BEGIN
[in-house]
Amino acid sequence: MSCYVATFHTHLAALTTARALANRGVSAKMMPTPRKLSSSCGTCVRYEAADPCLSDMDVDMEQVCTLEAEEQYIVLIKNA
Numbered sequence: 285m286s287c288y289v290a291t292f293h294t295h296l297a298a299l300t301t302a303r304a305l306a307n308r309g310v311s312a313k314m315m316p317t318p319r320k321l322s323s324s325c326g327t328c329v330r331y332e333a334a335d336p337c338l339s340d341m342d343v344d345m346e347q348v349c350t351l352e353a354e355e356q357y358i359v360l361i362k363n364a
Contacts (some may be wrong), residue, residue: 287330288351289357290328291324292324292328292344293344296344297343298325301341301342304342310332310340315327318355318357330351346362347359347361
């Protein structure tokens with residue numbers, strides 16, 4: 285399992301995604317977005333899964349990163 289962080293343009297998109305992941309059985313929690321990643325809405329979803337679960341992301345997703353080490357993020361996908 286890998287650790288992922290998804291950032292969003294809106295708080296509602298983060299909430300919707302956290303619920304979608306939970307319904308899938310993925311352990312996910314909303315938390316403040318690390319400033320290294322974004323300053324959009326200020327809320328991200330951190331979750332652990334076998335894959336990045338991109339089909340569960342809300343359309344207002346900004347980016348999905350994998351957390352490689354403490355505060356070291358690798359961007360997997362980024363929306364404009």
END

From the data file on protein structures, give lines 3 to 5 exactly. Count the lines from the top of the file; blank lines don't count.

Numbered sequence: 285m286s287c288y289v290a291t292f293h294t295h296l297a298a299l300t301t302a303r304a305l306a307n308r309g310v311s312a313k314m315m316p317t318p319r320k321l322s323s324s325c326g327t328c329v330r331y332e333a334a335d336p337c338l339s340d341m342d343v344d345m346e347q348v349c350t351l352e353a354e355e356q357y358i359v360l361i362k363n364a
Contacts (some may be wrong), residue, residue: 287330288351289357290328291324292324292328292344293344296344297343298325301341301342304342310332310340315327318355318357330351346362347359347361
């Protein structure tokens with residue numbers, strides 16, 4: 285399992301995604317977005333899964349990163 289962080293343009297998109305992941309059985313929690321990643325809405329979803337679960341992301345997703353080490357993020361996908 286890998287650790288992922290998804291950032292969003294809106295708080296509602298983060299909430300919707302956290303619920304979608306939970307319904308899938310993925311352990312996910314909303315938390316403040318690390319400033320290294322974004323300053324959009326200020327809320328991200330951190331979750332652990334076998335894959336990045338991109339089909340569960342809300343359309344207002346900004347980016348999905350994998351957390352490689354403490355505060356070291358690798359961007360997997362980024363929306364404009």